After the wetlands disappeared, many feared the cranes were gone, too. Extinct, many believed. The horror of this. What are we without our cranes? They are our loyalty, our longevity. And when they dance! A wonder to behold.
Farmers on the island began to sprinkle corn. Schoolchildren would perform this ritual every morning. Superstition, an outsider might say, this feeding of the disappeared.
But then the birds began to return. Encouraged by this glimmer of hope, more took up feedings. Ah, says an old woman now, I can’t go anywhere because of these birds. I worry about them if they don’t show up, but of course we want them to fly off, be wild again, whatever that means.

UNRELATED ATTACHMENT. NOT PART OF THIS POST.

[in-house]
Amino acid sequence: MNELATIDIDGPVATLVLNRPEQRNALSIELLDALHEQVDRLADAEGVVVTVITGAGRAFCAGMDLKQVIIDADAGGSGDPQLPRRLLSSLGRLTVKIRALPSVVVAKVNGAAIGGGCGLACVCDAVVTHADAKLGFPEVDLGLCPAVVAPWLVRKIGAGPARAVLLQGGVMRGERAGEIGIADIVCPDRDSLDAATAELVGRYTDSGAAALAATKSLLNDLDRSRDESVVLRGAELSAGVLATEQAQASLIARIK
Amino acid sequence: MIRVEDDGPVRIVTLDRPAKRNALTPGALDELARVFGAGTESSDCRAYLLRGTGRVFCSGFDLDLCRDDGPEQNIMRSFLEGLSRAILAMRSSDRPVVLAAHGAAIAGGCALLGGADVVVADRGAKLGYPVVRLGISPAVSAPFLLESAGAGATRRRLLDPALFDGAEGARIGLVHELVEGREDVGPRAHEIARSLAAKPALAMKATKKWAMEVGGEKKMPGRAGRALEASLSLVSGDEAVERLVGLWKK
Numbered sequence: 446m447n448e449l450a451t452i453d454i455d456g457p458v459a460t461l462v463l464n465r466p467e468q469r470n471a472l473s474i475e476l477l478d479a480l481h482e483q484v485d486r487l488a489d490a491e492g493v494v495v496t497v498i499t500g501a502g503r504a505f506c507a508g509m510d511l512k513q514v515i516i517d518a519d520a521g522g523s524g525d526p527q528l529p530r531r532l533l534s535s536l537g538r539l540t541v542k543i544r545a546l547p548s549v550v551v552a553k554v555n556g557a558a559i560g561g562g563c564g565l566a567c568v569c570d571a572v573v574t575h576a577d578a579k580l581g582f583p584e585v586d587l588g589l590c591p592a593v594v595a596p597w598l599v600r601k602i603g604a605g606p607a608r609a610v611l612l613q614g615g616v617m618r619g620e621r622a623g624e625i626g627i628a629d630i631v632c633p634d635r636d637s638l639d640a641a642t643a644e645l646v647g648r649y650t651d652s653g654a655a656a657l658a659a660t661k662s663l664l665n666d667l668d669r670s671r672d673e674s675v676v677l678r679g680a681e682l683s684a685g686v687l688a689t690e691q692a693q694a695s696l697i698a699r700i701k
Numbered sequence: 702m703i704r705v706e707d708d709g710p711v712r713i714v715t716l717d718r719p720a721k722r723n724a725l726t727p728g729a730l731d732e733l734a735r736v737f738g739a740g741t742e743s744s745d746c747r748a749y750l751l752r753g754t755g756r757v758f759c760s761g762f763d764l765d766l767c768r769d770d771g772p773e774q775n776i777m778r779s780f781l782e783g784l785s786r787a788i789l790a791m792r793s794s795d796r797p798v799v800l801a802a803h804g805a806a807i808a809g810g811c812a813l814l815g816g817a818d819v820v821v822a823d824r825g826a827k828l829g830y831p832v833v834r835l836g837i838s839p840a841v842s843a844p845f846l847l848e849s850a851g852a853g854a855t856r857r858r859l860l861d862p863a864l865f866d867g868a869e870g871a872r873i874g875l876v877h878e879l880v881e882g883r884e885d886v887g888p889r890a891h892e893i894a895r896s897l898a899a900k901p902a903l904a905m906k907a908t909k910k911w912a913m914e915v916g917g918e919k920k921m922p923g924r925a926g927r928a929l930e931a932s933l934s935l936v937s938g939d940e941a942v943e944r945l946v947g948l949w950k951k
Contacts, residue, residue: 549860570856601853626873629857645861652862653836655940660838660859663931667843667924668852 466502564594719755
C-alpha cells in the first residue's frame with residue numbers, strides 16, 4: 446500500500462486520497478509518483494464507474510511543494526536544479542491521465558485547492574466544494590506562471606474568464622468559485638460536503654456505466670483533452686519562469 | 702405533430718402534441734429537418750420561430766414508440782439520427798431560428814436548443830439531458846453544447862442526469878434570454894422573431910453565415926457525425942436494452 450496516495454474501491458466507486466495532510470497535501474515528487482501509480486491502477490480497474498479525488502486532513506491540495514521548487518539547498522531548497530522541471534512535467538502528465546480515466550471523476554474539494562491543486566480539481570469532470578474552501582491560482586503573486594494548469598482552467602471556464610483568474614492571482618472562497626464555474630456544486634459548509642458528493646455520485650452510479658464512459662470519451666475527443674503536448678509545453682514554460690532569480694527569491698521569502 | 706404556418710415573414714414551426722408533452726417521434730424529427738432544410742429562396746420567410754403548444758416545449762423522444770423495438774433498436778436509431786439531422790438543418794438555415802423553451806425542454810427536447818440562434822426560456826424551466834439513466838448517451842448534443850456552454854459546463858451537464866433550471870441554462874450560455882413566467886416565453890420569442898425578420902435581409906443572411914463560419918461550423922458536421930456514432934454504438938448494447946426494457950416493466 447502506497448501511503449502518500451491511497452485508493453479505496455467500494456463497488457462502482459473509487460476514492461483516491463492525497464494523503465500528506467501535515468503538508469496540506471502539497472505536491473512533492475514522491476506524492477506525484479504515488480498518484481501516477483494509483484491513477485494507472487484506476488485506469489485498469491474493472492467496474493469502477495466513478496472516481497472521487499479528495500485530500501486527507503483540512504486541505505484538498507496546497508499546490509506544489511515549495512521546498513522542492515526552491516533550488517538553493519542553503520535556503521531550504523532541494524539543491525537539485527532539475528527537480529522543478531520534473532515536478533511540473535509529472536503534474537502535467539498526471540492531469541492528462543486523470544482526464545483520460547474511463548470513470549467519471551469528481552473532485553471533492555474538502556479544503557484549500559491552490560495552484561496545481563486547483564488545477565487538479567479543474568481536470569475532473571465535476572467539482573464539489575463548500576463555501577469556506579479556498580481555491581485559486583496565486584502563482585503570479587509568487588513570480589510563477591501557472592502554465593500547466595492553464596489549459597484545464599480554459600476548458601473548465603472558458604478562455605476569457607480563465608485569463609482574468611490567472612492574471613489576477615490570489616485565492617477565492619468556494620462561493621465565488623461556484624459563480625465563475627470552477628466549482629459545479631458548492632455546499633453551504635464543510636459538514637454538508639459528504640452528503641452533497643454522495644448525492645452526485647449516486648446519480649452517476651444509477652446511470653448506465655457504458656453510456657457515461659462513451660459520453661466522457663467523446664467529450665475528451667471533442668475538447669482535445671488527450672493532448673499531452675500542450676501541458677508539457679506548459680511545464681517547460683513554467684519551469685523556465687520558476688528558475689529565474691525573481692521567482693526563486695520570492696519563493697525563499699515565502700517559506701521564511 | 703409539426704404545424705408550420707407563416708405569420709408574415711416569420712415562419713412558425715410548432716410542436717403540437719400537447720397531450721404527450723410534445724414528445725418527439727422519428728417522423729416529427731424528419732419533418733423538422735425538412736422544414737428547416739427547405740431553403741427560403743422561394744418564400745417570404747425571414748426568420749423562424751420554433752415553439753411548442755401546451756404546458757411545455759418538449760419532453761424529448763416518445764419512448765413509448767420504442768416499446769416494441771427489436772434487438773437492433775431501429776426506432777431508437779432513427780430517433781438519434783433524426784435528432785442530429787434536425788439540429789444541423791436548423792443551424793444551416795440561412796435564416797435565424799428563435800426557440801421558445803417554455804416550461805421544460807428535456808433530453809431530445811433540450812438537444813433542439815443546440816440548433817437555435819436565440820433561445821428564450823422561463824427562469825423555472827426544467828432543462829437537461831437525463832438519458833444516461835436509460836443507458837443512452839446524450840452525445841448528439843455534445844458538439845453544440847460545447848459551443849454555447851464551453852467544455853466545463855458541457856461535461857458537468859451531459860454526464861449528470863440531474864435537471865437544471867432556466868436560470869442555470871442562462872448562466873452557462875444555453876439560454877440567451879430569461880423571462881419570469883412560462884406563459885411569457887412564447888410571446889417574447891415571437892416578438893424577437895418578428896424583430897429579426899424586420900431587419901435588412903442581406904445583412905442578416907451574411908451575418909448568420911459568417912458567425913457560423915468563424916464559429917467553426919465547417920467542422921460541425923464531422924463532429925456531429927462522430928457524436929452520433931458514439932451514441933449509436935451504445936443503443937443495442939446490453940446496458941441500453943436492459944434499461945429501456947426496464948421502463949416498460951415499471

Some dig wells to create ponds for the cranes. An old man, bringing smelt to one of these ponds, spots a crane couple. He waves his arms and one of the cranes waves back, as if to dance with him.
Inspired by, and using borrowed phrases from this wonderful article by Motoko Rich and Hikari Hida in today’s New York Times.